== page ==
MakeMusic, Inc. has released Finale PrintMusic. This updated version of the music notation software includes new features and provides compatibility with current operating systems and files created with Finale 2011, MakeMusic’s flagship software package. PrintMusic makes the ability to create publisher-quality sheet music affordable. Songwriters, teachers, band and choir directors, church musicians, students, and other musicians can arrange pieces of up to 24 staves and extract individual parts from the score.
Intropa has delivered 2500 performing ensembles to 72 countries
Cymbag Cymbal Protectors
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Cymbag cymbal protectors are easy-to-use sleeves that help keep cymbals clean and shiny by protecting them from fingerprints and dirt during set-up, pack-up, storage, and travel. Patent pending and made from an advanced microfiber material that’s snug, secure, and super-soft yet rugged and durable. Cymbags slip on and off any cymbal while it’s still on the stand and perfectly into any hard or soft case. Available in a full range of popular sizes from 6 to 26”, Cymbags fit all types of cymbals and can be used for schools, stages, studios, stadiums, or any drumming situation.
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INTROPA TOURS 713 or 800 666.3838 e-mail: firstname.lastname@example.org www.intropa.com School Band and Orchestra, October 2010 59
NewProducts Alfred Music’s Scott Joplin: Complete Piano Works
Alfred Music Publishing has released Scott Joplin: Complete Piano Works, featuring the complete works of Scott Joplin for piano, in their original editions. Scott Joplin: Complete Piano Works is a comprehensive sheet music collection assembling the complete works for piano composed by Joplin, the undisputed “King of Ragtime Writers.” This songbook contains classic rags, marches, waltzes, and cakewalks presented in their original editions. Produced in cooperation with the New York Public Library, this 376-page collection includes an introduction by Vera Brodsky Lawrence and a historical essay by noted ragtime scholar Rudi Blesh. In addition, the songbook features lay-flat binding designed to stay open on a piano music rack. The retail price is $29.99.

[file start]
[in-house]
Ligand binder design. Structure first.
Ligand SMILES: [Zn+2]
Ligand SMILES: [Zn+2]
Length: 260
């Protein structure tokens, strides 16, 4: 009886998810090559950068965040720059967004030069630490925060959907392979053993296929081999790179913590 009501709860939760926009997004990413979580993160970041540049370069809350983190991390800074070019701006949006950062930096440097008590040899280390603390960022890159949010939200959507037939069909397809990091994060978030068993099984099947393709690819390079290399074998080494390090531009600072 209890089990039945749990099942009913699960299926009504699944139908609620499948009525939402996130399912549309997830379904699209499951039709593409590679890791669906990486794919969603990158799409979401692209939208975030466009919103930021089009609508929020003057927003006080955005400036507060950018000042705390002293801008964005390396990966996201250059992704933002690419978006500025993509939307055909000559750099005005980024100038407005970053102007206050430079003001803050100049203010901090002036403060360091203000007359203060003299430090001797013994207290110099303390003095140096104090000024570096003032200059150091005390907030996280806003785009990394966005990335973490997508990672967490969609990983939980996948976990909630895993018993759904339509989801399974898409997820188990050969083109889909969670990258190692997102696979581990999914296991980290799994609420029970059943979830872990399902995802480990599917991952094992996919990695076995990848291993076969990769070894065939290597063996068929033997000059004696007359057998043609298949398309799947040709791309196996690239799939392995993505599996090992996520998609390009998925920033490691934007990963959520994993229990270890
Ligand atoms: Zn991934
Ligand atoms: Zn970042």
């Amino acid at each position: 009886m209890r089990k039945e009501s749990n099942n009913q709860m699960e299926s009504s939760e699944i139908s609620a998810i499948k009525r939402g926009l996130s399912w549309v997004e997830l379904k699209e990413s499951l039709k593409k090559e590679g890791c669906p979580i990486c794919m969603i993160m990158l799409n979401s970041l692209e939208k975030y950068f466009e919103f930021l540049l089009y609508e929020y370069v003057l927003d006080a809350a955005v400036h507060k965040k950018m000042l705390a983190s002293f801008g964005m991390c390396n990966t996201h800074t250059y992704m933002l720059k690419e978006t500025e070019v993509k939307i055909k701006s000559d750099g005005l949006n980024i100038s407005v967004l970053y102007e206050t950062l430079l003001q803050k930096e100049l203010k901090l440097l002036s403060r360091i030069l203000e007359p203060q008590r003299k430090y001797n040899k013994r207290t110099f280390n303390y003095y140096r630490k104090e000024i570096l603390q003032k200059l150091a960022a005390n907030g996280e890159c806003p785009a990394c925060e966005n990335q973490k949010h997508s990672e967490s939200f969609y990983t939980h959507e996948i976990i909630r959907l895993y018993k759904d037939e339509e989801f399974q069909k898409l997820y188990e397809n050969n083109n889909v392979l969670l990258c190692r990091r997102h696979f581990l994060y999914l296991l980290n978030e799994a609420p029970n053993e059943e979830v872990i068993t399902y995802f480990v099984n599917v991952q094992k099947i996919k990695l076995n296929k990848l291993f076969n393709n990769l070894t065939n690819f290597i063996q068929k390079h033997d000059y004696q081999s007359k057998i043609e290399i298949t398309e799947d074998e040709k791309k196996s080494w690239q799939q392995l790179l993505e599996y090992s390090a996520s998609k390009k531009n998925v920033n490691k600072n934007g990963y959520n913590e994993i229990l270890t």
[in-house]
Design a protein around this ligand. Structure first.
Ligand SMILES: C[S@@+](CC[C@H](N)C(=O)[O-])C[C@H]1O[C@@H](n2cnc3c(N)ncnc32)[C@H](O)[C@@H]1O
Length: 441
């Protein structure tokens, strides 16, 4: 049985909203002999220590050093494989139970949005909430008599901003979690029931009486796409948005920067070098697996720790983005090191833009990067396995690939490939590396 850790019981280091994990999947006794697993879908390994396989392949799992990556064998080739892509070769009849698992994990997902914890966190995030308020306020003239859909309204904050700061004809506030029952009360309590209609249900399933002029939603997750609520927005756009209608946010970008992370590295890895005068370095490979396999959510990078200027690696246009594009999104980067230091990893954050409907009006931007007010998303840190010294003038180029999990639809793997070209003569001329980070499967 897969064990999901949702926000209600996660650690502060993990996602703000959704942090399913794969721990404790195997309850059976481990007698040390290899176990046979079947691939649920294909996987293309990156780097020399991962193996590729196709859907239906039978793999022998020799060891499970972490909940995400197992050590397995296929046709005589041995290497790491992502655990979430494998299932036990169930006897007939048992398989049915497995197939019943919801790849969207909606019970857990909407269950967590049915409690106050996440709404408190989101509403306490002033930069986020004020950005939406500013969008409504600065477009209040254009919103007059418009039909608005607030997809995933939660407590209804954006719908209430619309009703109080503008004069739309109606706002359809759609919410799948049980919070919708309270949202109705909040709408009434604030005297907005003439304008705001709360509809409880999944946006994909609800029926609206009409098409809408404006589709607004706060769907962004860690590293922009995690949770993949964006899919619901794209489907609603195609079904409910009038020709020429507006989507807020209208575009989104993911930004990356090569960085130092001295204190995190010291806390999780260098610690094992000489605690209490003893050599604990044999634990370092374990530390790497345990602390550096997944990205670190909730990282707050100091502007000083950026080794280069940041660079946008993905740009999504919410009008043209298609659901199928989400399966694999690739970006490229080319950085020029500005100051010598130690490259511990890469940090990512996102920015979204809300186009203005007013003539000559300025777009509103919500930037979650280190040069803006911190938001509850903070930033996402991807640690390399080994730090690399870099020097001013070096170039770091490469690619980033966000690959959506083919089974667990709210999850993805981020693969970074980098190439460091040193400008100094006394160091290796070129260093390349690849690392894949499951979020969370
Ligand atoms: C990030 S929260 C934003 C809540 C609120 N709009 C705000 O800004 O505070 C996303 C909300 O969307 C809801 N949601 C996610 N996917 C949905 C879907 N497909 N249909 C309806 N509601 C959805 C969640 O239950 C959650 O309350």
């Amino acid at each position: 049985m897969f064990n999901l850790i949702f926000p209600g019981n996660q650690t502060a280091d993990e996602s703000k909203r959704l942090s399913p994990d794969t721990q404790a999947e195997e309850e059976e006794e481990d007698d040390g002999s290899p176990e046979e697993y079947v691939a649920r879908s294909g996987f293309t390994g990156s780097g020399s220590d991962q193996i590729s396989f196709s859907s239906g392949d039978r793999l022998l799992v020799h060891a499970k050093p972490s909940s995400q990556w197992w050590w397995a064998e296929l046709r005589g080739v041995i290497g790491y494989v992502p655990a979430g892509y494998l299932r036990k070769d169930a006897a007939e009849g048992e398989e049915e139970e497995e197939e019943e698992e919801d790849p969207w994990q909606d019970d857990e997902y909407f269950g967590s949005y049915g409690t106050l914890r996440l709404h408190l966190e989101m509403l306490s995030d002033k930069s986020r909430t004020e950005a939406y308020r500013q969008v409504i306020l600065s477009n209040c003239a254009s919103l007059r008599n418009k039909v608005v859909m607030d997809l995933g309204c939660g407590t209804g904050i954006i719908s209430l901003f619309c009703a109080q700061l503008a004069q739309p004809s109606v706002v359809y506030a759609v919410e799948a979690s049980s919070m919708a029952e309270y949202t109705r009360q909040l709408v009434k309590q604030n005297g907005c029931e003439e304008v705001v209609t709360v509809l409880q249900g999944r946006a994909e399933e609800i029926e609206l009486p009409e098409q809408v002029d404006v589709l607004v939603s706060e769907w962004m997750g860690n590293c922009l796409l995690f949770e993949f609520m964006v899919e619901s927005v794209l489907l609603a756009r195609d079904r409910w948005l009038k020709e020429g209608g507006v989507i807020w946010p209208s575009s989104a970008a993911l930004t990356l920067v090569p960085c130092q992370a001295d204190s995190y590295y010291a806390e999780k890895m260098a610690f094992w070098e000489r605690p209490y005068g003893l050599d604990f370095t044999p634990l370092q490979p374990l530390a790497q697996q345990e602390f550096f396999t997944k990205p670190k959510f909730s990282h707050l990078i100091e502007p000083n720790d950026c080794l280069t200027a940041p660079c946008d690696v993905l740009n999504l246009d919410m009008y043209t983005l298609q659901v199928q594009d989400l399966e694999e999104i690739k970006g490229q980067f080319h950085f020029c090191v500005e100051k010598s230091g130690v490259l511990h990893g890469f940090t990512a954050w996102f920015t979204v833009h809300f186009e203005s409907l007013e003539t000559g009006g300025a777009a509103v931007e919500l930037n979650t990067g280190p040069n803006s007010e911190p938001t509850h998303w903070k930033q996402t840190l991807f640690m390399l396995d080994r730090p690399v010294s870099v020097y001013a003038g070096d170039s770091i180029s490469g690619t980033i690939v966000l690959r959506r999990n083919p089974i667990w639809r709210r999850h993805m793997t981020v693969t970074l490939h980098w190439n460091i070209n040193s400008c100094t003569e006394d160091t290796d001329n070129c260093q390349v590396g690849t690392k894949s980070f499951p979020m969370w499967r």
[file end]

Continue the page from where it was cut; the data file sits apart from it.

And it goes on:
sion system and a rubberized protector pad crafted with a plush, quilted double helix velvet lining. Like all Reunion Blues products, this new RB Continental also sax case comes with a limited lifetime warranty and retails for $179.95.
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RB Continental Alto Sax Case
Reunion Blues is expanding their RB Continental line with the introduction of a new alto saxophone case that combines contemporary design with instrument protection. On the outside, a one inch thick shock-absorbing Flexoskeleton exterior is lined with reinforced impact panels, and a knurled abrasion grid cradles the bottom to help resist scuffing. A large zippered “quick-stash” accessory pocket is provided, along with an adjustable shoulder strap. A Ballistic Quadraweave exterior features high-strength corded edges and all seams are double-stitched with high tensile thread and reinforced at tested stress points. This new case also includes a Zero-G palm-contoured handle with weight distributing foam core to help reduce hand fatigue when the instrument is carried for a long period of time. The inside features a bell area suspen60 School Band and Orchestra, October 2010
Get In-State Tuition! You don’t have to quit your day job to get a master’s degree! For more information contact: Dr. Lorie Enloe email@example.com 208-885-0157 www.class.uidaho.edu/music_education